How does one feel safe when the Earth under them is moving? Fires, floods, extreme heat or cold, these are all conditions we’ve dealt with but where do you run to when the ground under your feet is moving?

I asked the kids if they felt safe and I had two yeses. They didn’t think about it, they just felt safe. There’s not a single thing I could do to keep my kids okay had the quake been larger or longer. I have no powers that would keep the earth from moving again but my kids felt safe with me and I realized that I didn’t feel safe, in large part, because Mr. G is gone. Like me, Mr. G has zero ability to ward off an earthquake. Like my children, I feel safer when he’s here.

We have an amazing ability to engage in magical thinking and this morning it served us all well.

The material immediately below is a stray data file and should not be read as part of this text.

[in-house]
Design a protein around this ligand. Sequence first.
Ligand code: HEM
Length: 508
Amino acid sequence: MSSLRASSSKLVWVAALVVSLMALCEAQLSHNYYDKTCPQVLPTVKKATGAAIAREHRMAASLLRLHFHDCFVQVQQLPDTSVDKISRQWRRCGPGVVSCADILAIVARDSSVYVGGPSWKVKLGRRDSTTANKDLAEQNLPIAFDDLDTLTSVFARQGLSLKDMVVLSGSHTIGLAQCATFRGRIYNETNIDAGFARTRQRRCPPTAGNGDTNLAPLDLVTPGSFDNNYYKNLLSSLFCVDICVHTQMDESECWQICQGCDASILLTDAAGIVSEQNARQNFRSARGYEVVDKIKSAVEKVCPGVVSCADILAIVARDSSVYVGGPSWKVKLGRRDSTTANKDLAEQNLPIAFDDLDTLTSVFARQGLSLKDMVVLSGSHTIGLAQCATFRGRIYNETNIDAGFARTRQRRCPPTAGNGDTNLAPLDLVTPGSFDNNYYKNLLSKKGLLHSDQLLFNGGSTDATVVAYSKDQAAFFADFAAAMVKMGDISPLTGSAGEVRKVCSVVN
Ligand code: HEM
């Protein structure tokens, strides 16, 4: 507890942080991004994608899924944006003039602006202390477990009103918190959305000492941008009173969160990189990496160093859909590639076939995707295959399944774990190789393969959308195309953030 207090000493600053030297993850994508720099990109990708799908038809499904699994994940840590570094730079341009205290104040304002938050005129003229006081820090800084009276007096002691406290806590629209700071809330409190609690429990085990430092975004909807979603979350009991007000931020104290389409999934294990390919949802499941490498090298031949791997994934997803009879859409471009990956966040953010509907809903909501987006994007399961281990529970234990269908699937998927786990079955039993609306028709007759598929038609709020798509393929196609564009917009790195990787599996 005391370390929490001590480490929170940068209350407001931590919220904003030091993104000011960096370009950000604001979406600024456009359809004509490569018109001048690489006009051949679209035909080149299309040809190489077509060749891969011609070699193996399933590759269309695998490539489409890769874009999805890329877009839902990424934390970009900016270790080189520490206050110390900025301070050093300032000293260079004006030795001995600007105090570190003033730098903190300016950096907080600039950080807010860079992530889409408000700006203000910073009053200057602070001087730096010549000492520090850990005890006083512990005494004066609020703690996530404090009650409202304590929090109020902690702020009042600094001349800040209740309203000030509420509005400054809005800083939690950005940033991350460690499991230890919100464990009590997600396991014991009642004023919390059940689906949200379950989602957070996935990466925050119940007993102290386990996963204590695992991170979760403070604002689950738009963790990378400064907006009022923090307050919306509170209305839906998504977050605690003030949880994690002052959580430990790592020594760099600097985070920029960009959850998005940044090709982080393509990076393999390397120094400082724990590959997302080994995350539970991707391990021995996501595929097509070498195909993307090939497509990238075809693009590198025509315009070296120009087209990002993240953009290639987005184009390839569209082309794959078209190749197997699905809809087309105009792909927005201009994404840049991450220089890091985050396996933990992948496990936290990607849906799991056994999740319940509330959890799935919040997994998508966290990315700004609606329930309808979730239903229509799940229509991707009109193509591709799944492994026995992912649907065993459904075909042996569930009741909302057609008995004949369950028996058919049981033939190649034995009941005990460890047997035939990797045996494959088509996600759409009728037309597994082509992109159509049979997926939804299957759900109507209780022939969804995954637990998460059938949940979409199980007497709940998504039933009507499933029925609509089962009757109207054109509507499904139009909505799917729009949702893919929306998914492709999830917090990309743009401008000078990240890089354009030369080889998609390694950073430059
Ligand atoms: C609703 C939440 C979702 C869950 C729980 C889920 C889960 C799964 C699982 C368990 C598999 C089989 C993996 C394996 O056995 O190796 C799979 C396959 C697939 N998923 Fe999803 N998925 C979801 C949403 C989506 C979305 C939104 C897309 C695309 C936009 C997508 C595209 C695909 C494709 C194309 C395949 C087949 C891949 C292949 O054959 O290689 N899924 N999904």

Well That Sucked


At 3am the fire alarm went off. Not the fire alarm that tells you that there’s smoke, it’s the fire alarm that randomly beeps to remind you that your security system blows, and you should fire them soon. I ran around naked (yes I’m a naked sleeper) trying to figure out where the high pitched beeping was coming from and found that it was a hallway sensor.

I jumped to try and press the reset button. My breasts landed on my belly a few seconds after my feet returned to the floor. The alarm was still beeping. The kids were sound asleep.

Ever resourceful, I went into Jane’s room to get a chair to stand on. I rolled her desk chair to the hallway, still half asleep, and stood on it to turn off the incessant fire alarm. Of course the chair was on rollers, so I ended up naked, insulted and on the hallway floor.

My third attempt was successful, and by that time I was wide awake.

It took me approximately 45 minutes to fall back asleep, which is a shame because an earthquake woke me up at 4am. Maybe it’s not a faulty fire alarm, maybe it’s an earthquake detector. The earthquake was a small one, 4.4 on the Richter scale, and it moved north and south. It was like being rocked to sleep, except my husband is out of town, so I had to check on the kids. Alexander was snoring, Jane was a little bit awake and went right back to sleep after I checked in with her.